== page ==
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The Pressure of Keeping Up With Birthday Parties

We’ve all been to elaborate birthday parties. The ones that make us feel as though we aren’t doing enough for our children. Do you feel pressure to do just as much or do you feel as though you aren’t doing enough? Where does the pressure come from to do big parties?

I love celebrating my kids with their friends. I love a small part of the day all focused on the excitement of my child. It’s fun to see them doing what they love with their friends and see all their friends in one place celebrating them.

But I also struggle with the cost of these parties and the reality that none of our children need all of the gifts they receive. We all do it; it’s a cycle. We all bring gifts — even to the parties that remind us that gifts aren’t necessary. No one goes empty handed and most of the time we end up with doubles.

We all appreciate the generosity and we take the time to use it as a teaching experience for our children to show appreciation. Five thank-yous a day, right? But, if you skip all of that — no party, small family celebration — does it make you a bad parent? Does it rob our children of a piece of childhood?

How do we let a birthday pass without the big hurrah with a room full of kids?

What happens if you and your spouse don’t share those same beliefs? What if one believes in the large celebrations and the other doesn’t? Sure, these parties get out of hand. The costs are inflated, always, but is there a price tag for those memories?

What do you do in your home? This is always a topic I’m back and forth on. I’d love to hear your thoughts.  —Jennifer

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  1. Jasmin Cervantes says:

    @Jennifer, Thank you for posing all the questions you have in this post. I see and hear the pressure amongst some of my family members. Fortunately, my husband and I share the same beliefs and wants when it comes to birthdays. Our children (5 and 2) have not had a birthday party from us yet. I say from us because my in-laws have done a couple for our 5-year-old, but nothing huge or elaborate. What we’ve unintentionally made a tradition in our household is to make a birthday cake with our kids the night before their birthday. Our kids get to choose the theme, we look up different designs, and figure out how to make it happen … with the birthday boy or girl’s help. My 5-year-old loves this tradition and looks forward to it every year.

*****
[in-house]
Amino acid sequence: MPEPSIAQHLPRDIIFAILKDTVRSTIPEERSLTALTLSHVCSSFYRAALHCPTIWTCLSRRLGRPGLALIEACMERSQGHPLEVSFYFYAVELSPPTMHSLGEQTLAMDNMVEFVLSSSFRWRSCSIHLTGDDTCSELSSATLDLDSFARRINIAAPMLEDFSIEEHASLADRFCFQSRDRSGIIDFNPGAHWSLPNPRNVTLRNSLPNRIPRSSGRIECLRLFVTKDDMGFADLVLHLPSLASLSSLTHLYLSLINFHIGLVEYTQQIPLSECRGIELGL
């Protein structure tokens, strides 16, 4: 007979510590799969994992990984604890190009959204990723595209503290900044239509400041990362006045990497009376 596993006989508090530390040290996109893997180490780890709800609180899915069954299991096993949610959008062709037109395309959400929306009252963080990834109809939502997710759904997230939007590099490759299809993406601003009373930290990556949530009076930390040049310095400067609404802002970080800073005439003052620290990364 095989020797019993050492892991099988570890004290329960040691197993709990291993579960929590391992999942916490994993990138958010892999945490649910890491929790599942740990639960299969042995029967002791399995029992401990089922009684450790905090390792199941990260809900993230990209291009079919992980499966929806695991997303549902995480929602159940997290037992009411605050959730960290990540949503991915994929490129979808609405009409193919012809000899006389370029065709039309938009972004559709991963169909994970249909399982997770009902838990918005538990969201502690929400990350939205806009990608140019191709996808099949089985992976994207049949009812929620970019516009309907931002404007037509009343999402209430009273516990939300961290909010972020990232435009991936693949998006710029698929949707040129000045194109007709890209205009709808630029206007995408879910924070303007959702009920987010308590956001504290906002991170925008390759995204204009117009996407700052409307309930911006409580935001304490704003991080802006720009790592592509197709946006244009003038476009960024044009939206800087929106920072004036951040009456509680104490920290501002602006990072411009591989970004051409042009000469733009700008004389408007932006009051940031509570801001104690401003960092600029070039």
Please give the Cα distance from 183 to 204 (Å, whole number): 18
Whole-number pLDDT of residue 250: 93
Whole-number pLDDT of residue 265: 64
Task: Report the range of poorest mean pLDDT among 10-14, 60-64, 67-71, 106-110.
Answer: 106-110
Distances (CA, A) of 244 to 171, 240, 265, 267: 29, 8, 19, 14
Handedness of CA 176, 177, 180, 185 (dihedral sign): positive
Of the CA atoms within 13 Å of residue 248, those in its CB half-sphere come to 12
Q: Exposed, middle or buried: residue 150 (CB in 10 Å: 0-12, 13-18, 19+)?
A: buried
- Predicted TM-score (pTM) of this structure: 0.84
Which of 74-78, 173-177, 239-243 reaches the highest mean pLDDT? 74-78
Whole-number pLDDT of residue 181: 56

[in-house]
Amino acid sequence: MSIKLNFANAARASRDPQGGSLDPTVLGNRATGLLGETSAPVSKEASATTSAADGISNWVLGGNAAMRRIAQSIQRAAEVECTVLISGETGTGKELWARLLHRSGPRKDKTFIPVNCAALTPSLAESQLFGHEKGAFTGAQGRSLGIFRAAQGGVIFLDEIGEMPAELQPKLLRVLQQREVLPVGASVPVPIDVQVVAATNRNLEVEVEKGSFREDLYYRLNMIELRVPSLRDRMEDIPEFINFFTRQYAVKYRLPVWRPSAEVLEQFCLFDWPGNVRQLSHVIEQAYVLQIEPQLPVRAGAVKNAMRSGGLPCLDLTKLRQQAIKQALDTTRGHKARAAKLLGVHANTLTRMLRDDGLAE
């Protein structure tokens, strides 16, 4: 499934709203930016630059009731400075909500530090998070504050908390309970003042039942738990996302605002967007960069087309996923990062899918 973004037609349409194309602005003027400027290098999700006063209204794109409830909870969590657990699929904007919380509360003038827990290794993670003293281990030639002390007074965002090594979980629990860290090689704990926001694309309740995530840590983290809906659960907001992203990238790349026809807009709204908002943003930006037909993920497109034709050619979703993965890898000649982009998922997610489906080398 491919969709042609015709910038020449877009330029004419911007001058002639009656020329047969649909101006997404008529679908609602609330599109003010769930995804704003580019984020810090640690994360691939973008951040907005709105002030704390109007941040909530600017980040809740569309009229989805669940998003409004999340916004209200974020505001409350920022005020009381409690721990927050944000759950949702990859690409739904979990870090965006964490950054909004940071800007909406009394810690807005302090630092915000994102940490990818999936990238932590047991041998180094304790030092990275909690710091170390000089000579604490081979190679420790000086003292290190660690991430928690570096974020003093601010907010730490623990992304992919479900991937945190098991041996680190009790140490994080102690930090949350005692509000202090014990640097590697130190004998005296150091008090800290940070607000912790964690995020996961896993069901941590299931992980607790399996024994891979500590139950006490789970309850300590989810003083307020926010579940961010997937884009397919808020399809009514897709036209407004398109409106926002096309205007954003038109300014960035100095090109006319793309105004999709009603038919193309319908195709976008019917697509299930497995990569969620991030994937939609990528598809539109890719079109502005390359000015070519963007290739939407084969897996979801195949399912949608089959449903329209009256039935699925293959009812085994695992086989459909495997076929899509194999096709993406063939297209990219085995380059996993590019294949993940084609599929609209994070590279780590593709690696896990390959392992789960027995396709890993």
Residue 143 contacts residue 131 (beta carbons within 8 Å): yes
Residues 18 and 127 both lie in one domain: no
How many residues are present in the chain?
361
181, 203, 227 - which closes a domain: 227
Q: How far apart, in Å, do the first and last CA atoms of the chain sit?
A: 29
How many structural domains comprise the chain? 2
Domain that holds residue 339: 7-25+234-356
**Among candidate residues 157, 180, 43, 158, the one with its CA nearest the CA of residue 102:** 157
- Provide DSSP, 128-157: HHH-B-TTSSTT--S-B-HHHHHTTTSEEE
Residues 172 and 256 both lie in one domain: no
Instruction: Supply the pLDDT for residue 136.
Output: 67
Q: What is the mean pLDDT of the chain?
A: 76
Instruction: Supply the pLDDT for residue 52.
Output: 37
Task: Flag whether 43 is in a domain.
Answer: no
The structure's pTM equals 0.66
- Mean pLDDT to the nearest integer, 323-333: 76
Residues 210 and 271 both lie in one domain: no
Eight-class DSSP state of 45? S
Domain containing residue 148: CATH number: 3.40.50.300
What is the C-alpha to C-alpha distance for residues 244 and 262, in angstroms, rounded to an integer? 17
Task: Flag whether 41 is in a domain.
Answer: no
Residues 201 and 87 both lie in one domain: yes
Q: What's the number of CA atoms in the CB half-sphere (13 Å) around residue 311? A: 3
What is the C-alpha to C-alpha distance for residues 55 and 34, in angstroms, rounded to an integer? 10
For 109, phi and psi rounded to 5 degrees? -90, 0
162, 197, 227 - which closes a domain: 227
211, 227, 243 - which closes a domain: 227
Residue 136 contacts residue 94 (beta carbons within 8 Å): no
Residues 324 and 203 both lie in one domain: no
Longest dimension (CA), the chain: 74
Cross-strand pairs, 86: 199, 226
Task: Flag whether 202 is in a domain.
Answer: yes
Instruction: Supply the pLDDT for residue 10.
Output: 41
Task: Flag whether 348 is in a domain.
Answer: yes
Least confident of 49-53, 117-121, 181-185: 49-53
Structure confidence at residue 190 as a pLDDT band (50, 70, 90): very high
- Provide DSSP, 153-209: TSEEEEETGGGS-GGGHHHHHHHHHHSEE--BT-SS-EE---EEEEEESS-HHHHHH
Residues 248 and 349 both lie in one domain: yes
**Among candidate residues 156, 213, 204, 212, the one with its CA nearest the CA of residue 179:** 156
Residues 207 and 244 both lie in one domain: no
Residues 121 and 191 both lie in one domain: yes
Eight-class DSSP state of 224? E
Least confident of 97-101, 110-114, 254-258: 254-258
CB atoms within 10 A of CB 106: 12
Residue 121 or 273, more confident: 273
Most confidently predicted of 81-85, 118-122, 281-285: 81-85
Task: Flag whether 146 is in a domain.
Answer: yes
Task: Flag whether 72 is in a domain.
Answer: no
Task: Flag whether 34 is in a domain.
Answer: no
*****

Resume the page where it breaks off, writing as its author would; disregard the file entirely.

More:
2. I go back and forth. Sometimes we do a big party for the kids, but often I suggest a “mini” party. This is a party where the birthday child gets to pick 2-4 kids to invite over. The kids just play and do whatever they feel like doing, so no pressure to organize games. We eat a meal together, it is usually the birthday child’s favorite dinner food. I make a cake and we sing happy birthday and everyone goes home. It is a celebration that involves friends, but it isn’t overwhelming or stressful. 🙂

  3. Kathleen Ervin says:

    I like the idea of a small party i.e. the child’s age plus 1 for number of kids to invite. It’s manageable. I think the child has just as much fun (maybe more) than at a huge 25-30 kid party which, I think is overwhelming for the parents for sure and also for the child. Family centered parties are nice too.

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